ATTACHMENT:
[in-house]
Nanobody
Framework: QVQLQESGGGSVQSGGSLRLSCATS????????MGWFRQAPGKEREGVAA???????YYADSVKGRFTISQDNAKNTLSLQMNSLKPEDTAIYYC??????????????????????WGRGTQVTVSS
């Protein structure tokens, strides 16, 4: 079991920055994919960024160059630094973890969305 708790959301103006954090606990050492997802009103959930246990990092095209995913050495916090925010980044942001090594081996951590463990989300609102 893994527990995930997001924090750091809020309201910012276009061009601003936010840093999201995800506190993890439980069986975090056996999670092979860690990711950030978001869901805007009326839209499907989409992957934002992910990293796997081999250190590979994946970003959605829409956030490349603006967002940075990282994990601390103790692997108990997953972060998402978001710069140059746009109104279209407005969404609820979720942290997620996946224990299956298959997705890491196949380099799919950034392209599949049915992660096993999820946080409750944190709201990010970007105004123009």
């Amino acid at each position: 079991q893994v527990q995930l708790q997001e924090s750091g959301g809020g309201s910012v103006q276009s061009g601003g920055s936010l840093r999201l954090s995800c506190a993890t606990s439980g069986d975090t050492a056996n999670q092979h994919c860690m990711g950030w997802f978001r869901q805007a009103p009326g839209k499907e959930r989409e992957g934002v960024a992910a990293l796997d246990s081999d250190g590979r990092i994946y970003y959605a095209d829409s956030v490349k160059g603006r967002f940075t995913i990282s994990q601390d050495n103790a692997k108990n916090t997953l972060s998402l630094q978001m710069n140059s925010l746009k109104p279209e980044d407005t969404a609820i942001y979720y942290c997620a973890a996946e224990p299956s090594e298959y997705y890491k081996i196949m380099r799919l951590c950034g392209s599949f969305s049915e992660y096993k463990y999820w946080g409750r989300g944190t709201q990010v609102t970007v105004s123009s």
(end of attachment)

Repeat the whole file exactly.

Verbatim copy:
[in-house]
Nanobody
Framework: QVQLQESGGGSVQSGGSLRLSCATS????????MGWFRQAPGKEREGVAA???????YYADSVKGRFTISQDNAKNTLSLQMNSLKPEDTAIYYC??????????????????????WGRGTQVTVSS
């Protein structure tokens, strides 16, 4: 079991920055994919960024160059630094973890969305 708790959301103006954090606990050492997802009103959930246990990092095209995913050495916090925010980044942001090594081996951590463990989300609102 893994527990995930997001924090750091809020309201910012276009061009601003936010840093999201995800506190993890439980069986975090056996999670092979860690990711950030978001869901805007009326839209499907989409992957934002992910990293796997081999250190590979994946970003959605829409956030490349603006967002940075990282994990601390103790692997108990997953972060998402978001710069140059746009109104279209407005969404609820979720942290997620996946224990299956298959997705890491196949380099799919950034392209599949049915992660096993999820946080409750944190709201990010970007105004123009």
């Amino acid at each position: 079991q893994v527990q995930l708790q997001e924090s750091g959301g809020g309201s910012v103006q276009s061009g601003g920055s936010l840093r999201l954090s995800c506190a993890t606990s439980g069986d975090t050492a056996n999670q092979h994919c860690m990711g950030w997802f978001r869901q805007a009103p009326g839209k499907e959930r989409e992957g934002v960024a992910a990293l796997d246990s081999d250190g590979r990092i994946y970003y959605a095209d829409s956030v490349k160059g603006r967002f940075t995913i990282s994990q601390d050495n103790a692997k108990n916090t997953l972060s998402l630094q978001m710069n140059s925010l746009k109104p279209e980044d407005t969404a609820i942001y979720y942290c997620a973890a996946e224990p299956s090594e298959y997705y890491k081996i196949m380099r799919l951590c950034g392209s599949f969305s049915e992660y096993k463990y999820w946080g409750r989300g944190t709201q990010v609102t970007v105004s123009s």